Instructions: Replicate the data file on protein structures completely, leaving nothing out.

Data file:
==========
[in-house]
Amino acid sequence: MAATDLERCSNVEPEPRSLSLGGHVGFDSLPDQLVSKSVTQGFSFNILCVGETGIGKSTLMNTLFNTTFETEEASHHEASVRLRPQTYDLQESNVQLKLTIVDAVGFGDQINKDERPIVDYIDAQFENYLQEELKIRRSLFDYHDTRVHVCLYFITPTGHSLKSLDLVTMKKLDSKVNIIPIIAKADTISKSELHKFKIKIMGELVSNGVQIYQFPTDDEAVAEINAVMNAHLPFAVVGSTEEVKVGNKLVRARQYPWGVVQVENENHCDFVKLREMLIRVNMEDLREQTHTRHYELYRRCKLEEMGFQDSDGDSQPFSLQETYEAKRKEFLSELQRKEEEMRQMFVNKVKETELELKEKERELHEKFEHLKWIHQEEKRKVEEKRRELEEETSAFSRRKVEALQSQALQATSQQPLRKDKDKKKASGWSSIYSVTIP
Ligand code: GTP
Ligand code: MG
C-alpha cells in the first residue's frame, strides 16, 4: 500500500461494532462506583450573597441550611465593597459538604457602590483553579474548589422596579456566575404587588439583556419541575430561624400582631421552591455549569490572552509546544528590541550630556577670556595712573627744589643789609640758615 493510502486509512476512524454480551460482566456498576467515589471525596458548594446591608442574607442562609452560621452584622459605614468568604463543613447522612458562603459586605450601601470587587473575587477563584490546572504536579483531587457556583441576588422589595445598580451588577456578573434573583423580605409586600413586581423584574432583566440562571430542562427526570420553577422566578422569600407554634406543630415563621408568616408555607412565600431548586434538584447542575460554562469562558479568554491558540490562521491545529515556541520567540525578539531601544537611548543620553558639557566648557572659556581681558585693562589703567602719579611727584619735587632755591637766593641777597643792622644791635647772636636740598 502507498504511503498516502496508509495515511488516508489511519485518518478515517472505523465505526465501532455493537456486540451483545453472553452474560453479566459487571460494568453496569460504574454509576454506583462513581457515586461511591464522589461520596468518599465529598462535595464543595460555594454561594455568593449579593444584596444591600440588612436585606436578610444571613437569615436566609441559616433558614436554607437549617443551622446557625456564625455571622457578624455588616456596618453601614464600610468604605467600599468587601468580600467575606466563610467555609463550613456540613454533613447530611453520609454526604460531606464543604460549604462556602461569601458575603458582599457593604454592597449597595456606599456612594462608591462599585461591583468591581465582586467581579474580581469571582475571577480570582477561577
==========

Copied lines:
[in-house]
Amino acid sequence: MAATDLERCSNVEPEPRSLSLGGHVGFDSLPDQLVSKSVTQGFSFNILCVGETGIGKSTLMNTLFNTTFETEEASHHEASVRLRPQTYDLQESNVQLKLTIVDAVGFGDQINKDERPIVDYIDAQFENYLQEELKIRRSLFDYHDTRVHVCLYFITPTGHSLKSLDLVTMKKLDSKVNIIPIIAKADTISKSELHKFKIKIMGELVSNGVQIYQFPTDDEAVAEINAVMNAHLPFAVVGSTEEVKVGNKLVRARQYPWGVVQVENENHCDFVKLREMLIRVNMEDLREQTHTRHYELYRRCKLEEMGFQDSDGDSQPFSLQETYEAKRKEFLSELQRKEEEMRQMFVNKVKETELELKEKERELHEKFEHLKWIHQEEKRKVEEKRRELEEETSAFSRRKVEALQSQALQATSQQPLRKDKDKKKASGWSSIYSVTIP
Ligand code: GTP
Ligand code: MG
C-alpha cells in the first residue's frame, strides 16, 4: 500500500461494532462506583450573597441550611465593597459538604457602590483553579474548589422596579456566575404587588439583556419541575430561624400582631421552591455549569490572552509546544528590541550630556577670556595712573627744589643789609640758615 493510502486509512476512524454480551460482566456498576467515589471525596458548594446591608442574607442562609452560621452584622459605614468568604463543613447522612458562603459586605450601601470587587473575587477563584490546572504536579483531587457556583441576588422589595445598580451588577456578573434573583423580605409586600413586581423584574432583566440562571430542562427526570420553577422566578422569600407554634406543630415563621408568616408555607412565600431548586434538584447542575460554562469562558479568554491558540490562521491545529515556541520567540525578539531601544537611548543620553558639557566648557572659556581681558585693562589703567602719579611727584619735587632755591637766593641777597643792622644791635647772636636740598 502507498504511503498516502496508509495515511488516508489511519485518518478515517472505523465505526465501532455493537456486540451483545453472553452474560453479566459487571460494568453496569460504574454509576454506583462513581457515586461511591464522589461520596468518599465529598462535595464543595460555594454561594455568593449579593444584596444591600440588612436585606436578610444571613437569615436566609441559616433558614436554607437549617443551622446557625456564625455571622457578624455588616456596618453601614464600610468604605467600599468587601468580600467575606466563610467555609463550613456540613454533613447530611453520609454526604460531606464543604460549604462556602461569601458575603458582599457593604454592597449597595456606599456612594462608591462599585461591583468591581465582586467581579474580581469571582475571577480570582477561577